Interest in single-family rental homes has risen in the covid-19 era, as urban renters, liberated by increased work-from-home allowances, flee city centers for more spacious suburban settings.
Even before this year, the sector had benefited from a bevy of demographic and economic trends. Combined with the pandemic’s disruptions to how people work and learn, these factors have made rental homes a coveted – though largely untapped – property type for institutional capital.
“We actually wish we had more homes to rent because of everyone wanting to be in single-family homes,” Eric Lang, head of private markets for the Teachers’ Retirement System of Texas, said during the pension’s July meeting.
In 2018, the $148 billion pension committed $250 million to a joint venture with the Singaporean sovereign wealth fund GIC and Toronto-based single-family specialist Tricon Residential. Texas TRS counts rental homes as part of its allocation to “other real estate,” which is 17 percent of its exposure to the asset class.
Numerous firms have also been active in single-family rentals, employing a variety of strategies to put private capital to work throughout the so-called Sunbelt of southern and western states in the US.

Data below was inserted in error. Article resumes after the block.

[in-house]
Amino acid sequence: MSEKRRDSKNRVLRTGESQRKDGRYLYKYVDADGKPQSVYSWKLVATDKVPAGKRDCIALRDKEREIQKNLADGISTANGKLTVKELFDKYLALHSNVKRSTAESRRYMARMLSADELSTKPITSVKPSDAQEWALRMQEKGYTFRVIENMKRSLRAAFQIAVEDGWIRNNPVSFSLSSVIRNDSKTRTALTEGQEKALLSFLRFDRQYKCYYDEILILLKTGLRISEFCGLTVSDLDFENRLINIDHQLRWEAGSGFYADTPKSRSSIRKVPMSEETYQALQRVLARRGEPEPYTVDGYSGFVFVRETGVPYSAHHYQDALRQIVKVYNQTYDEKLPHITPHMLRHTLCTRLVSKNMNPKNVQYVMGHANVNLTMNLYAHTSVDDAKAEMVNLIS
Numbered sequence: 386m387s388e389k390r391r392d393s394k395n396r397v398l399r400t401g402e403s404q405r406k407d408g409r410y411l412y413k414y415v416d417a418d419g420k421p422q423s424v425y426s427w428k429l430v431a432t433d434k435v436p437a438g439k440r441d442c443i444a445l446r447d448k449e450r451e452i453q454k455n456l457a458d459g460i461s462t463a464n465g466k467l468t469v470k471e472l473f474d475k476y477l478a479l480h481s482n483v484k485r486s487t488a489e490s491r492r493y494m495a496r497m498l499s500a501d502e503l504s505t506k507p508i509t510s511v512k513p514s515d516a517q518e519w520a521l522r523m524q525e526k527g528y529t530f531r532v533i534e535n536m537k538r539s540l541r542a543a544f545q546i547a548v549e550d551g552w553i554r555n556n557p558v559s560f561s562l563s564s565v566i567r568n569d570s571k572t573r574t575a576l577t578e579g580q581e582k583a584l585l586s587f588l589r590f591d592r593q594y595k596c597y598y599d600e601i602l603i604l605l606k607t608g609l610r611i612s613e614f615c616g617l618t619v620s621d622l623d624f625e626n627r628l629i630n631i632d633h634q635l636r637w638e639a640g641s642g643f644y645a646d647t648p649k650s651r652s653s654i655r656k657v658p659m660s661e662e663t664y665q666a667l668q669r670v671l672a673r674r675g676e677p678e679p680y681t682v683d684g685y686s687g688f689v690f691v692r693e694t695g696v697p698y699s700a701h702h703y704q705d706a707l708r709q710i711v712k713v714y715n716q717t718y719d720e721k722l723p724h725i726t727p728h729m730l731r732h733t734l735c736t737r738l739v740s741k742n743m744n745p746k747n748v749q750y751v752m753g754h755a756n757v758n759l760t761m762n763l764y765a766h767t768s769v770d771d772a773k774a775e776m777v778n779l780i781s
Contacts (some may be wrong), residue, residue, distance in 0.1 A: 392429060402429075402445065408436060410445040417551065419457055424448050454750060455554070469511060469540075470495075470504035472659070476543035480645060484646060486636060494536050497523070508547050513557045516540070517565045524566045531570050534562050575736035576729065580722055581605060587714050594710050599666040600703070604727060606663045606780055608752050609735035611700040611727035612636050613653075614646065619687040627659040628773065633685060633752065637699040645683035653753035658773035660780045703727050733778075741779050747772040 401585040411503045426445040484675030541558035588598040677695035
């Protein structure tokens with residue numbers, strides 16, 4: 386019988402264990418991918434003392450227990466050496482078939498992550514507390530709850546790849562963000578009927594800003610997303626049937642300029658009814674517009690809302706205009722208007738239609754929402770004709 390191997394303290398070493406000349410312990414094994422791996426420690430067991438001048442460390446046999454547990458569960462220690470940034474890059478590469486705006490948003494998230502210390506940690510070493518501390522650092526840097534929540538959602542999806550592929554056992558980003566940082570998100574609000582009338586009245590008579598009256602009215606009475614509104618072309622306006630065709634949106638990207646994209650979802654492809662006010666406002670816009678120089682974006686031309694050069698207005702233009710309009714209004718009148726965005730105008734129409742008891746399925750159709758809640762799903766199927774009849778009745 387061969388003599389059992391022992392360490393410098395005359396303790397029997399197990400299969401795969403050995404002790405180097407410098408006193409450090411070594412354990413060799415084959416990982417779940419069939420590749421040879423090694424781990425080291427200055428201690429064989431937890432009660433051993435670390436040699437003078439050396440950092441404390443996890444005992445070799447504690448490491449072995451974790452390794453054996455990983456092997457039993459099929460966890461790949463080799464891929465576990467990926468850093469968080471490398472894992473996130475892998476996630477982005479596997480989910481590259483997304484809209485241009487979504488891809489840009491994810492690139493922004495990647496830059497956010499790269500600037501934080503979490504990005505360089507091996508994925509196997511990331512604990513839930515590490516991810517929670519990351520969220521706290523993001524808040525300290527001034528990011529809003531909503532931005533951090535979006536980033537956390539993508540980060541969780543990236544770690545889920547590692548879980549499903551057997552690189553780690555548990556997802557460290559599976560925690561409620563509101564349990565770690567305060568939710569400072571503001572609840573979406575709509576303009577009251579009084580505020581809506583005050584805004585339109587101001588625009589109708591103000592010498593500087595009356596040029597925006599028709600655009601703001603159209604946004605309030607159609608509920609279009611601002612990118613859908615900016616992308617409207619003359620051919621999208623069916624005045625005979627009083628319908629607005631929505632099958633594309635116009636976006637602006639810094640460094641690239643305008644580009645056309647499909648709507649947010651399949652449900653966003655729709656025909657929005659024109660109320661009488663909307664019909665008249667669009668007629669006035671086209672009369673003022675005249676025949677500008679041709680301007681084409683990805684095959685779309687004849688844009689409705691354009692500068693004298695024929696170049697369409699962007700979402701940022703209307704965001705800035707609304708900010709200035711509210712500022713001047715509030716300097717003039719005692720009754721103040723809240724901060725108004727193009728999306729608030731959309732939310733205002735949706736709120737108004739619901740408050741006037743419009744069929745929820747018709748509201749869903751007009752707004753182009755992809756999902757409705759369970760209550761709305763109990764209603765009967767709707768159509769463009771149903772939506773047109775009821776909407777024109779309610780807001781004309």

Last week, Nuveen Real Estate made a strategic investment in a new single-family rental company called Sparrow. The New York-based firm will invest up to $400 million to help the start-up acquire and lease rental homes in select markets in Texas, Florida and Arizona. This makes Nuveen the latest institutional manager to dive headfirst into this property type.
In April, JP Morgan Asset Management launched a $625 million joint venture with the listed single-family specialist American Homes 4 Rent targeting a build-to-rent strategy in the West and Southwest. Tricon is taking a similar approach with a $400 million venture started with the Arizona State Retirement System last year; that venture currently has a community under construction in San Antonio, Texas and aims to build between 100 and 150 homes annually.
Other groups are taking more traditional private equity approaches. Brookfield Asset Management, for one, acquired a controlling stake in South Carolina-based Conrex Property Management, which owns 10,000 rental homes in the Midwest and South. The Toronto-based mega-manager also launched a $300 million fund to target single-family rental properties in July.